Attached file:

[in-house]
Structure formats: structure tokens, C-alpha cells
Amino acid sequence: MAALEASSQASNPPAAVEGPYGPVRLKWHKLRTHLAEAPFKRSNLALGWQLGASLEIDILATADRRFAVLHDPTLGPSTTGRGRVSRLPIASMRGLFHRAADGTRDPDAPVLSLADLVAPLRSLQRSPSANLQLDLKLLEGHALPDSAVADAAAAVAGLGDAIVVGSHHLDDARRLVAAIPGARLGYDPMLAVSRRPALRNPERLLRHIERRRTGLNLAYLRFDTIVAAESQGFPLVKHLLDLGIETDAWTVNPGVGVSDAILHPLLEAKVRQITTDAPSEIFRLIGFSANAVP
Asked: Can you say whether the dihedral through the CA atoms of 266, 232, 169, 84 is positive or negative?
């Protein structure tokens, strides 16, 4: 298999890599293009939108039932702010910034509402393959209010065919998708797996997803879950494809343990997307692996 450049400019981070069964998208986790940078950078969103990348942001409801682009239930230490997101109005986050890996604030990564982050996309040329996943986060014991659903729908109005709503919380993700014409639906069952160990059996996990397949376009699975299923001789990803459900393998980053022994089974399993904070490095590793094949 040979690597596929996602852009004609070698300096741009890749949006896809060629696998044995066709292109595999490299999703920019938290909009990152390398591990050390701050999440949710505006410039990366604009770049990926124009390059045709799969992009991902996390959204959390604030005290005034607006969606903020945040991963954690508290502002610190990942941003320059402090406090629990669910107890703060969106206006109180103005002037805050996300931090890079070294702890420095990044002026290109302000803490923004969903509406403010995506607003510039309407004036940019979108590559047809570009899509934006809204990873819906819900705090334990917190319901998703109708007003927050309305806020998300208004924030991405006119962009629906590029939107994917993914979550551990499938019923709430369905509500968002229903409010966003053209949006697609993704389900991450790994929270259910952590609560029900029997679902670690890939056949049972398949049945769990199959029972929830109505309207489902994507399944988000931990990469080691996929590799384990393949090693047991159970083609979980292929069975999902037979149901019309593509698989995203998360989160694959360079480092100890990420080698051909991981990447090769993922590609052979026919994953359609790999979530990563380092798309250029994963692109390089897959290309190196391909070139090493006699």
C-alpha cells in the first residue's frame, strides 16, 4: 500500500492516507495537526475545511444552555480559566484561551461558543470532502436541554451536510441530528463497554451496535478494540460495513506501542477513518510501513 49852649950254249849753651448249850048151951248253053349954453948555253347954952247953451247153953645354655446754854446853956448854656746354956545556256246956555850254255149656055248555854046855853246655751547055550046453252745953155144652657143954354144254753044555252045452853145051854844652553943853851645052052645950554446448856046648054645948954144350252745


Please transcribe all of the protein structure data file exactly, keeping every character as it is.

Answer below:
[in-house]
Structure formats: structure tokens, C-alpha cells
Amino acid sequence: MAALEASSQASNPPAAVEGPYGPVRLKWHKLRTHLAEAPFKRSNLALGWQLGASLEIDILATADRRFAVLHDPTLGPSTTGRGRVSRLPIASMRGLFHRAADGTRDPDAPVLSLADLVAPLRSLQRSPSANLQLDLKLLEGHALPDSAVADAAAAVAGLGDAIVVGSHHLDDARRLVAAIPGARLGYDPMLAVSRRPALRNPERLLRHIERRRTGLNLAYLRFDTIVAAESQGFPLVKHLLDLGIETDAWTVNPGVGVSDAILHPLLEAKVRQITTDAPSEIFRLIGFSANAVP
Asked: Can you say whether the dihedral through the CA atoms of 266, 232, 169, 84 is positive or negative?
């Protein structure tokens, strides 16, 4: 298999890599293009939108039932702010910034509402393959209010065919998708797996997803879950494809343990997307692996 450049400019981070069964998208986790940078950078969103990348942001409801682009239930230490997101109005986050890996604030990564982050996309040329996943986060014991659903729908109005709503919380993700014409639906069952160990059996996990397949376009699975299923001789990803459900393998980053022994089974399993904070490095590793094949 040979690597596929996602852009004609070698300096741009890749949006896809060629696998044995066709292109595999490299999703920019938290909009990152390398591990050390701050999440949710505006410039990366604009770049990926124009390059045709799969992009991902996390959204959390604030005290005034607006969606903020945040991963954690508290502002610190990942941003320059402090406090629990669910107890703060969106206006109180103005002037805050996300931090890079070294702890420095990044002026290109302000803490923004969903509406403010995506607003510039309407004036940019979108590559047809570009899509934006809204990873819906819900705090334990917190319901998703109708007003927050309305806020998300208004924030991405006119962009629906590029939107994917993914979550551990499938019923709430369905509500968002229903409010966003053209949006697609993704389900991450790994929270259910952590609560029900029997679902670690890939056949049972398949049945769990199959029972929830109505309207489902994507399944988000931990990469080691996929590799384990393949090693047991159970083609979980292929069975999902037979149901019309593509698989995203998360989160694959360079480092100890990420080698051909991981990447090769993922590609052979026919994953359609790999979530990563380092798309250029994963692109390089897959290309190196391909070139090493006699």
C-alpha cells in the first residue's frame, strides 16, 4: 500500500492516507495537526475545511444552555480559566484561551461558543470532502436541554451536510441530528463497554451496535478494540460495513506501542477513518510501513 49852649950254249849753651448249850048151951248253053349954453948555253347954952247953451247153953645354655446754854446853956448854656746354956545556256246956555850254255149656055248555854046855853246655751547055550046453252745953155144652657143954354144254753044555252045452853145051854844652553943853851645052052645950554446448856046648054645948954144350252745